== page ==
Other uncommon cancers of the skin are Kaposi sarcoma, Merkel cell carcinoma and sebaceous gland carcinoma. Kaposi sarcoma can be referred to as an opportunistic cancer since it affects people with low immunity as those with HIV/AIDS or those on immuno-suppressive drugs.
Early diagnosis and treatment offers the best prognosis for these cancers.
Each of the three cancers has distinct symptoms. Doctors use this as part of identifying the type so as to give the appropriate treatment. The collective symptoms include:
· Skin swelling which may be waxy and pearly
· Flesh colored scar-like lesions
· Hard nodules
· Lesion with a flat surface which may be crusted.
· Red lesions that bleed easily.
· A mole that suddenly undergo changes.
· Dark lesions may appear in areas with mucus membranes like the mouth, the anus and the vagina.
What Causes Skin Cancer?
Like most cancers, the exact cause is not well understood. Ultraviolet light from the sun or artificial sources appears to have major impact on the incidence of the cancer. This however, doesn’t explain why people similarly exposed will not necessarily get the cancer. This suggests that there may be other environmental factors that increase the risk. Some of these factors are:
· Presence of skin moles.
· High altitude climates
· Occupations that make a person remain exposed to the sun for long.
· Light-skinned people.
· Immunosuppressive states.
· Family history of the cancer.
· Previous suffering from the cancer.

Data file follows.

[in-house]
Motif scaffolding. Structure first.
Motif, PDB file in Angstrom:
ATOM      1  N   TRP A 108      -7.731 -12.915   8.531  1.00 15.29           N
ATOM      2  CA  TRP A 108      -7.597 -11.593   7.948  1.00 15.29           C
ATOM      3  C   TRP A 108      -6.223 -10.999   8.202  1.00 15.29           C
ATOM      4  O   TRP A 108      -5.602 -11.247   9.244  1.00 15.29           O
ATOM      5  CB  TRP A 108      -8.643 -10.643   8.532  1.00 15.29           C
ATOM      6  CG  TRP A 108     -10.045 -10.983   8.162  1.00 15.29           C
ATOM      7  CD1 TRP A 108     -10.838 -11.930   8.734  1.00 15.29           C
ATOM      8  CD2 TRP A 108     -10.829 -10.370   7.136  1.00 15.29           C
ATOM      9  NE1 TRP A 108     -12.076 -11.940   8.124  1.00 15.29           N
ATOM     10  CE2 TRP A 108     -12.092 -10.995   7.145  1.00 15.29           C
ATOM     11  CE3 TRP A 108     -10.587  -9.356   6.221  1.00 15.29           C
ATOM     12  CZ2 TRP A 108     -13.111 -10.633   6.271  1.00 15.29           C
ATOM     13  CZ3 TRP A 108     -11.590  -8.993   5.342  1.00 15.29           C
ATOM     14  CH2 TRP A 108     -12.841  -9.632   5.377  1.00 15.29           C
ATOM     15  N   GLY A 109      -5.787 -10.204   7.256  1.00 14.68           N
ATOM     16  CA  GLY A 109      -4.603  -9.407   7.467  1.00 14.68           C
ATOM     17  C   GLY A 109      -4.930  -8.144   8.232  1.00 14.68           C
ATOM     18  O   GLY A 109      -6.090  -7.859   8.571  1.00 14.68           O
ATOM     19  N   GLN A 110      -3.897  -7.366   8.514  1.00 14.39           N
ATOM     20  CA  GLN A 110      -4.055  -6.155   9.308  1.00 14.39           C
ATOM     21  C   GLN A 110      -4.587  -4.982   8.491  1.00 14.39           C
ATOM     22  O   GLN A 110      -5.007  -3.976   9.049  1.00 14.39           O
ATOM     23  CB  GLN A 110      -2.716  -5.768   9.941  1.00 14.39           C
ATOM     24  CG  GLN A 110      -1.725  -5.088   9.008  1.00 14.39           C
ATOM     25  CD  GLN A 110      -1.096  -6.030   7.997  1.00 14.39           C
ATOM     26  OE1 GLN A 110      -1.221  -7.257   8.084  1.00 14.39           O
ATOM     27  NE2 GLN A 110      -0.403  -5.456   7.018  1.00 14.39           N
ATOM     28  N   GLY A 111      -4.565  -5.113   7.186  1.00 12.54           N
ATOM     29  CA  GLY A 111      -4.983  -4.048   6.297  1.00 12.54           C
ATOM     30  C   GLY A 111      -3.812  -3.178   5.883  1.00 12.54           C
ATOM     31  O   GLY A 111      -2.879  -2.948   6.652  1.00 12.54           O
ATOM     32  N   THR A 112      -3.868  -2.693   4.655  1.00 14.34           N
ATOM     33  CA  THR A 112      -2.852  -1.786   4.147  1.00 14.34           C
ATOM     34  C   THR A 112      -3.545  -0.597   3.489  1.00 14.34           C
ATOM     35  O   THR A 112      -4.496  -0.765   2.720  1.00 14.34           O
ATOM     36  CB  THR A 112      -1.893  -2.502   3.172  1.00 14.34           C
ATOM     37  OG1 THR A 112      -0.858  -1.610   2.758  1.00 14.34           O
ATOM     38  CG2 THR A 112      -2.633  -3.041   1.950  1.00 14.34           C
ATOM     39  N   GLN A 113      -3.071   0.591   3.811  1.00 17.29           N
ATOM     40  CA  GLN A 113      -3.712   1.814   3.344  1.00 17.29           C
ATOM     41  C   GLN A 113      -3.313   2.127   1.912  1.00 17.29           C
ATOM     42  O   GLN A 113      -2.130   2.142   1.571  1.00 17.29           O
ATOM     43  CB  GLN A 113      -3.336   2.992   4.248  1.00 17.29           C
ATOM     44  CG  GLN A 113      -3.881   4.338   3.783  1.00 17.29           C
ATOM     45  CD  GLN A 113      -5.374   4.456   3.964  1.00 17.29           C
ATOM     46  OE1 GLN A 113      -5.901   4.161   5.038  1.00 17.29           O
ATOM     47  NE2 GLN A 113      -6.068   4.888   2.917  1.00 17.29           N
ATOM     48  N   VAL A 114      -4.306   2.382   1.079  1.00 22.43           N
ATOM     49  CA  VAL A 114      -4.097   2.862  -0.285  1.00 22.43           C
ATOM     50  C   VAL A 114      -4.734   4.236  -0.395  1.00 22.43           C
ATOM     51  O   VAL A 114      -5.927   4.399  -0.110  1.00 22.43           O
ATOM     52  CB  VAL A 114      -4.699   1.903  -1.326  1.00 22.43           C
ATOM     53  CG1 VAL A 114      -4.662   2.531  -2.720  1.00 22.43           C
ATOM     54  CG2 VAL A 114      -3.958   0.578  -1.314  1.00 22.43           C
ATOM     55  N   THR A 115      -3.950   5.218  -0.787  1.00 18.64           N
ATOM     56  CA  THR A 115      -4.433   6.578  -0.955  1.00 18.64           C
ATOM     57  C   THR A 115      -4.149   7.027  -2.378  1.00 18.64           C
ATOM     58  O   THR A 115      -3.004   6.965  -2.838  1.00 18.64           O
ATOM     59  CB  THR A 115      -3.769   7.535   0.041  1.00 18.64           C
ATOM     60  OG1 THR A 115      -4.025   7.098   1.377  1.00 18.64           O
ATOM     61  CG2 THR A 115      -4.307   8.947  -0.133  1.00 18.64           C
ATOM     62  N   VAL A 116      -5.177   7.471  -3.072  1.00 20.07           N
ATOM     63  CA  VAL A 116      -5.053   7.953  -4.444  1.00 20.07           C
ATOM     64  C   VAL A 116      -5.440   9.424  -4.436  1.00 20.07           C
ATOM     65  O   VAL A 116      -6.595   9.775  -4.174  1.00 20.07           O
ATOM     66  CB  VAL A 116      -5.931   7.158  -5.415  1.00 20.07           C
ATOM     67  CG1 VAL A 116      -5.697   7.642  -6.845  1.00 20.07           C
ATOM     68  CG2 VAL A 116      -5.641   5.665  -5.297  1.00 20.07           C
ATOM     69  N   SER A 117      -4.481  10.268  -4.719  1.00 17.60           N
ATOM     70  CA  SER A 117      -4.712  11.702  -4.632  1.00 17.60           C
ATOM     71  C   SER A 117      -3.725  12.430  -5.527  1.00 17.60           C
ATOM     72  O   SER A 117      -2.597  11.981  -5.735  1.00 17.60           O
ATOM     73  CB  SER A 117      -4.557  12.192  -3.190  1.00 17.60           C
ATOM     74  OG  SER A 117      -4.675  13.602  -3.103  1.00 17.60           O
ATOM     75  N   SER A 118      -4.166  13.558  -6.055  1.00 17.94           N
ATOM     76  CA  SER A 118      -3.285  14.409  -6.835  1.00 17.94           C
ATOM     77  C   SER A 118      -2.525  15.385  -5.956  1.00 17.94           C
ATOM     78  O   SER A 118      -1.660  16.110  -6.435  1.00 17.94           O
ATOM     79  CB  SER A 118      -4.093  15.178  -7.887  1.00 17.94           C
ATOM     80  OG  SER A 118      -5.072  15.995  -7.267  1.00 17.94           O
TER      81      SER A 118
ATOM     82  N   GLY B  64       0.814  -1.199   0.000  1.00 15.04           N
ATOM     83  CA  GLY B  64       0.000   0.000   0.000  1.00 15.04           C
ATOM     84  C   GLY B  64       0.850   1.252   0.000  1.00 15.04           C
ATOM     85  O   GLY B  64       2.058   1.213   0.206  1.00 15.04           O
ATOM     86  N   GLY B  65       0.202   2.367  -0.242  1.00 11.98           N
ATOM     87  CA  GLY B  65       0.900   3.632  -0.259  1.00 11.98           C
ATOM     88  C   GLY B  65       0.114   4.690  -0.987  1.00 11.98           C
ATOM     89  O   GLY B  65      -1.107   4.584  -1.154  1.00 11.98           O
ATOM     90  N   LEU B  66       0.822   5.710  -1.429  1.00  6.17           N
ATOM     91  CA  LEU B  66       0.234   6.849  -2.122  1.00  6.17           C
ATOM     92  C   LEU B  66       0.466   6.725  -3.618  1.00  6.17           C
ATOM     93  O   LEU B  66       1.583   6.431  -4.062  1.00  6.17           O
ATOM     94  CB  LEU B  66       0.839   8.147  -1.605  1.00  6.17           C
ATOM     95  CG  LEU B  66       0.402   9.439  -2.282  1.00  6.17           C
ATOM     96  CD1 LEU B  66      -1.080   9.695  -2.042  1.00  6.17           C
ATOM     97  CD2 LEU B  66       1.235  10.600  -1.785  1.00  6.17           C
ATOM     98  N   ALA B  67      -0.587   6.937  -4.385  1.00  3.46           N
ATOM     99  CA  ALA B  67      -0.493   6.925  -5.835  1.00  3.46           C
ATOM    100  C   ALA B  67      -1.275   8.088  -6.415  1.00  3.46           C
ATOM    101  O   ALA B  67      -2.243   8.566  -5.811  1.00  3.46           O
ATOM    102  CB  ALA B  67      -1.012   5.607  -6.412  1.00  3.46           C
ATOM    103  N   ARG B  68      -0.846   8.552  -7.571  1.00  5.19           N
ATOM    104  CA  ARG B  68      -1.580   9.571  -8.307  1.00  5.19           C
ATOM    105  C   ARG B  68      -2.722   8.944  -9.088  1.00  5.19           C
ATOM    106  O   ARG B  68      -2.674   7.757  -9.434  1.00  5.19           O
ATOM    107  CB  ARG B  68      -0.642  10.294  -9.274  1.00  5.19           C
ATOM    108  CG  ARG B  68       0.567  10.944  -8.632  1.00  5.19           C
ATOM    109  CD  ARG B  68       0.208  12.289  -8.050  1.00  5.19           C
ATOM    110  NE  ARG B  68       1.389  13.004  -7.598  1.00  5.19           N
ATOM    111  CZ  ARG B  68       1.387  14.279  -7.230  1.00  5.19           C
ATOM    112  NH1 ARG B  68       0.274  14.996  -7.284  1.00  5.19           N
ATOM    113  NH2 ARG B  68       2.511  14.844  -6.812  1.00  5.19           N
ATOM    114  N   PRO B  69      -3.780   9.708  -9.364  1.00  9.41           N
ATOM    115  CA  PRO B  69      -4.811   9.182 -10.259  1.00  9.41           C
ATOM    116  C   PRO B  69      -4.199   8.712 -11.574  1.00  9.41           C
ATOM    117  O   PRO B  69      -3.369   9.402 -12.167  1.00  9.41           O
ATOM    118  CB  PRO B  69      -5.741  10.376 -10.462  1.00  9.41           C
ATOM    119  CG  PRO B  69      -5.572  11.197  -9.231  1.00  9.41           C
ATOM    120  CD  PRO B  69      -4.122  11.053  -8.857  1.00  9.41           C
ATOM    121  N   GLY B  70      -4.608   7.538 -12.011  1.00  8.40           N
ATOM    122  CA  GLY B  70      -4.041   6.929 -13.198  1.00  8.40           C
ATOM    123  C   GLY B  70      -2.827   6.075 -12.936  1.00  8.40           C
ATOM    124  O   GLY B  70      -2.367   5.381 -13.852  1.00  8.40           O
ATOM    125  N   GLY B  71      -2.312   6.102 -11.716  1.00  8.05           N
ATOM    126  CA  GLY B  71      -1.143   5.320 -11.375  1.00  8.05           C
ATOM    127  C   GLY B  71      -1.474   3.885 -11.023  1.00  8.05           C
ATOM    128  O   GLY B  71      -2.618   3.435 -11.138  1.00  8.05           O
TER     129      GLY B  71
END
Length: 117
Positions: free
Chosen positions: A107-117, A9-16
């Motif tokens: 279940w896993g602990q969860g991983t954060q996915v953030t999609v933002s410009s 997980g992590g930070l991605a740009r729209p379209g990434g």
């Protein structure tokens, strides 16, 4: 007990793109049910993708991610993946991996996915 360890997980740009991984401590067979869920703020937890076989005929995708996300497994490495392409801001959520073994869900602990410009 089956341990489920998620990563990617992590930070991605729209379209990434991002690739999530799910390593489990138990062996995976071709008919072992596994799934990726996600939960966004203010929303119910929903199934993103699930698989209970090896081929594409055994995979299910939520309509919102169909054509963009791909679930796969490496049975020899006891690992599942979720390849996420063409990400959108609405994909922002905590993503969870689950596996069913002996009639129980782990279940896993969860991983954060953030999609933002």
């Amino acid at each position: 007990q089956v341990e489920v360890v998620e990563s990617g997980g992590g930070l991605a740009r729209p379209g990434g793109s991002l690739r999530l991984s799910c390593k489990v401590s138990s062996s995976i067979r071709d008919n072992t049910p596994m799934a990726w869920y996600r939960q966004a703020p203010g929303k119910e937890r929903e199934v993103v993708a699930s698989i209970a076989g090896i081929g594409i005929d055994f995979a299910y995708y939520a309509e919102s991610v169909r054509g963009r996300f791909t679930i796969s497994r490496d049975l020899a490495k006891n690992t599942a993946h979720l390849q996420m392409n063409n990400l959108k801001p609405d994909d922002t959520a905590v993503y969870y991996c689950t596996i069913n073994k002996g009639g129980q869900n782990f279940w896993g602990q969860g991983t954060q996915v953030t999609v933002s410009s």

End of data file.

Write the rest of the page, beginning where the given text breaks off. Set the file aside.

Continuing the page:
· Exposure to therapeutic, accidental or occupation related radiation.
· Suffering from actinic keratosis lesions.
How Skin Cancer is Diagnosed?
The history of the skin changes gives the examining doctor an idea of whether the lesion in question could be cancer or not. Common tests include:
· Skin biopsy. This removes part of the lesion for histological examination. It may involve a wide excision biopsy that removes part of the surrounding normal skin. Sometimes this is all that is needed to know the stage of the cancer.
· Other tests may be done to rule out other skin conditions that can mimic cancer. These are certain fungal infections and a disease like leprosy where it is prevalent.
Treatment of Skin Cancer
In most cases a combination of methods is used in the treatment. The aim is to catch the cancer as early as possible. That is why people who have actinic keratosis (considered pre-cancerous) have to be treated by freezing the keratosed cells using liquid nitrogen before they become cancerous. Other measures are:
· Wide excision surgery.
· Moh’s surgery is a surgical technique used to treat combined cancers and in areas with limited skin.
· Chemotherapy is useful in treating both localized and metastasized cancer.
· Photodynamic therapy where laser light is used to destroy the cancer cells.
· Biological therapy where certain drugs are given to empower the body’s immunity which in turn destroys the cancer cells.
· General measures include use of appropriate sunscreen, avoidance of UV light and prolonged exposure to the sun whenever possible.
U.S Statistics for Skin Cancer
In the year 2011 almost 66000 people were diagnosed with melanomas of the skin.
About 9000 people died of the cancers in the same year.
Men dominate new cases and death figures.
These figures only refer to melanomas excluding basal cell and squamous cell types of skin cancers.